“I had a super great day,” said Gaspar Petiot (FRA2), who is in the top three and just 8km from Turnpoint 2 in Slovenia. “When I started this morning I was last.”
dventure racing and paragliding is about making decisions, and today was a day to make the right ones. Conditions for flying in many places were marginal, with strong and turbulent wind making launching difficult and flying extremely challenging.
“We are slow on foot,” Petiot said, “but I knew if we could launch and fly then we could do something with the day.”
His trick he said was to launch before the main spine of the Alps as he could tell that conditions on the south side were too strong and turbulent to be safe.
“My first flight was short, but my second one at 2pm worked and I managed to fly a long way. I don’t know how far but I was in the air for five hours with the wind behind me.”
To top off his day, he launched again, made further distance, and landed shortly before the official land-by time of 9pm.
Tomorrow I hope to climb the west ridge of the mountain, reach the take off and then wait until conditions are good for flying. Petiot and his supporter are both mountain guides and they know that of they climb straight up the rock rather than take the trails, they will be faster.
“We need to get permission from the race director but we are happy it is a good route.”
Another athlete happy with his decision making today was Chrigel Maurer (SUI1). The Swiss athlete started in 22nd place and flew into first, tagging the second turnpoint before heading back north towards Aschau-Chiemsee in Germany.
“The flying was amazing,” Maurer said after he had landed. “I had one flight this morning,” he said, “which was short but very efficient.”
“Then after launching again in the air it was working well. But in Goldeck I made a mistake and switched sides into the lee. That meant I had to land and walk up again.
“From there it was amazing flying. Approaching Turnpoint 2 clouds formed below me, like fog, and out to the west big clouds blocked out the sun.”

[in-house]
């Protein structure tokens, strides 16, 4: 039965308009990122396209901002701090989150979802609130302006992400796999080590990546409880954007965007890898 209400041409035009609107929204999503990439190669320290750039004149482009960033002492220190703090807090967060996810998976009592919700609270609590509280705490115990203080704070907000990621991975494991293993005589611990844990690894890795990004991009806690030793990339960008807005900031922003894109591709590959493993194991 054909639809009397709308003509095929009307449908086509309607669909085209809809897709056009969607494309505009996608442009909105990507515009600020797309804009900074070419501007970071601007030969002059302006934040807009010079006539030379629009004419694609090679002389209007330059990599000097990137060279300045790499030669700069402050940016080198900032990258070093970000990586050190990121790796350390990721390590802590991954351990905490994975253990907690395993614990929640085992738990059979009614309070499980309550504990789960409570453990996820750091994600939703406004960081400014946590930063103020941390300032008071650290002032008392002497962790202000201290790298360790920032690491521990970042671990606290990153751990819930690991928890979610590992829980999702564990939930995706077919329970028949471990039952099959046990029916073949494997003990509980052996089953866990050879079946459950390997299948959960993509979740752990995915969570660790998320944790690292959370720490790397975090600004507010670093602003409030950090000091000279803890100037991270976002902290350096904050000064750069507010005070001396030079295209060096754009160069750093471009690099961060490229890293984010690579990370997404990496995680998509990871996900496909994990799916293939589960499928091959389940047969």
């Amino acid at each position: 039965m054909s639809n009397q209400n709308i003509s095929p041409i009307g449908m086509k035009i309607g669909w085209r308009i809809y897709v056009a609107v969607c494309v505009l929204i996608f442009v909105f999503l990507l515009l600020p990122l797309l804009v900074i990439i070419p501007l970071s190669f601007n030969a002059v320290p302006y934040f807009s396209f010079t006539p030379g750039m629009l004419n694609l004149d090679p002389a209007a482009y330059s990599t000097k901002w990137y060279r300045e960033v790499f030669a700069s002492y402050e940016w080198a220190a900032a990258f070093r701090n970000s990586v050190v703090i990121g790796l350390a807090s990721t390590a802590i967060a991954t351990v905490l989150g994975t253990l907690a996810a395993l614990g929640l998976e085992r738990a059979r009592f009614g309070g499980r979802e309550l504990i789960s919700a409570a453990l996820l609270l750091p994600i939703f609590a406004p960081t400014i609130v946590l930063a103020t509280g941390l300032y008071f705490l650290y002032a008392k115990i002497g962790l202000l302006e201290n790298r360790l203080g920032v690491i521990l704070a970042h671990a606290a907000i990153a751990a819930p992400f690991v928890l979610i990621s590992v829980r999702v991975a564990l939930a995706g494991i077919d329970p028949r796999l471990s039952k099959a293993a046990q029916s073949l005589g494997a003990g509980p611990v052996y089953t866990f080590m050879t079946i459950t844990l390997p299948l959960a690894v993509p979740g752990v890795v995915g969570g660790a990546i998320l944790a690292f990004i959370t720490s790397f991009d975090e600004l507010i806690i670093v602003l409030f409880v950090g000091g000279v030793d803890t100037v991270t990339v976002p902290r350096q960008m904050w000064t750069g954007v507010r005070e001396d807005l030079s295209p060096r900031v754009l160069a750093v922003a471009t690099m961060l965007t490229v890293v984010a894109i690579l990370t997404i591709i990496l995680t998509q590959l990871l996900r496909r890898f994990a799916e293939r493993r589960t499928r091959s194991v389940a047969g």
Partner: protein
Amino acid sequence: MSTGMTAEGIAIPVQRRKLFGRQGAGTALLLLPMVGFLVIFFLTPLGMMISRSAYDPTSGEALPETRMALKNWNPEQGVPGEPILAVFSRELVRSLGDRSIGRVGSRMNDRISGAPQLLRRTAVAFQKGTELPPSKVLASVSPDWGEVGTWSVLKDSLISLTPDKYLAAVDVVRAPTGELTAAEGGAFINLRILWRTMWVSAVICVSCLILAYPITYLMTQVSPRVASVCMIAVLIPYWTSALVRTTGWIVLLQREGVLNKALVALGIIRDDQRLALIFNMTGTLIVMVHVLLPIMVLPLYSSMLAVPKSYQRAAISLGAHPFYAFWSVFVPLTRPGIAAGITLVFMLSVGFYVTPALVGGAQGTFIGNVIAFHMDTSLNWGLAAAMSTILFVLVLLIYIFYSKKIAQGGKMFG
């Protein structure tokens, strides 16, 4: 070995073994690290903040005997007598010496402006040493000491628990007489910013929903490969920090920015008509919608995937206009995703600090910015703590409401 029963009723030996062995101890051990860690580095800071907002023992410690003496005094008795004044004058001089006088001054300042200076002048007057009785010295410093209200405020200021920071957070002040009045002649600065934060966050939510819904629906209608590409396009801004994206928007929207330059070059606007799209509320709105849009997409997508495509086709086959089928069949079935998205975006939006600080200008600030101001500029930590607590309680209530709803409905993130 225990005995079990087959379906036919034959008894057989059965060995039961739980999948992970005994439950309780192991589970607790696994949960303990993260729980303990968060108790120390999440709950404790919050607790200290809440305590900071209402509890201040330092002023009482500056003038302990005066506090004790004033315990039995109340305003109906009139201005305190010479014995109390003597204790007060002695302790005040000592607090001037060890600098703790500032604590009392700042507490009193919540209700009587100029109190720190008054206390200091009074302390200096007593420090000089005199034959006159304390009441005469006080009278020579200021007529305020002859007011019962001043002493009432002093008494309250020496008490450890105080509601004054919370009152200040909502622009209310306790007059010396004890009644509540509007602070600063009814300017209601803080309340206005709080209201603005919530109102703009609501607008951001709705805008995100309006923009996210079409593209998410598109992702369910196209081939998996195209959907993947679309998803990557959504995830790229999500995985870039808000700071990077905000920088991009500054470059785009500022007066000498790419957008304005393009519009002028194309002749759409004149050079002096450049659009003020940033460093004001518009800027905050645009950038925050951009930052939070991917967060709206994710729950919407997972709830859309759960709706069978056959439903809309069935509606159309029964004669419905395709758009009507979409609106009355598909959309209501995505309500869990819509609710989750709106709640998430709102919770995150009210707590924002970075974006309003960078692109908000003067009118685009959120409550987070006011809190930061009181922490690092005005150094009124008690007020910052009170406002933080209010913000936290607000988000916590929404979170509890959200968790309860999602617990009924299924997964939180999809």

Without sun, there are no thermals, and that makes flying in the mountains doubly-difficult.
“The west side of the mountain wasn’t working, so then I switched to the east side and found I was able to soar.” Using just the wind against the mountain face, he managed to stay aloft, surfing it like a wave.
“That was amazing, but it was very hard work. I managed to cross over the ridge line with just 20m to get to the turnpoint.”
Pushing back north he landed near the small village of Obervellach, where he was met by his supporters and ate a quick dinner before walking into the evening.
“In the morning I will walk up to a launch. I hope to get to Greifenburg and launch around noon,” he said. Greifenburg is a world famous paragliding site.
Deciding not to fly is just as important as deciding to take off. So it was with many pilots today, who looked at the conditions and decided to go head down and stick to hiking.
Michal Gierlach (POL) hiked all day and chose not to fly today. “The wind was a poor direction, strong, turbulent air,” he said from the mountain.
“We are hiking high this evening to stay in a hut at 2,400m. I’m with a group of about six. My legs are tired but everything is fine. I hope to get a good rest tonight and then we plan to try to fly from the hut in the morning.”
Photos by © zooom / Honza Zak, © zooom / Harald Tauderer, © zooom / Vitek Ludvik
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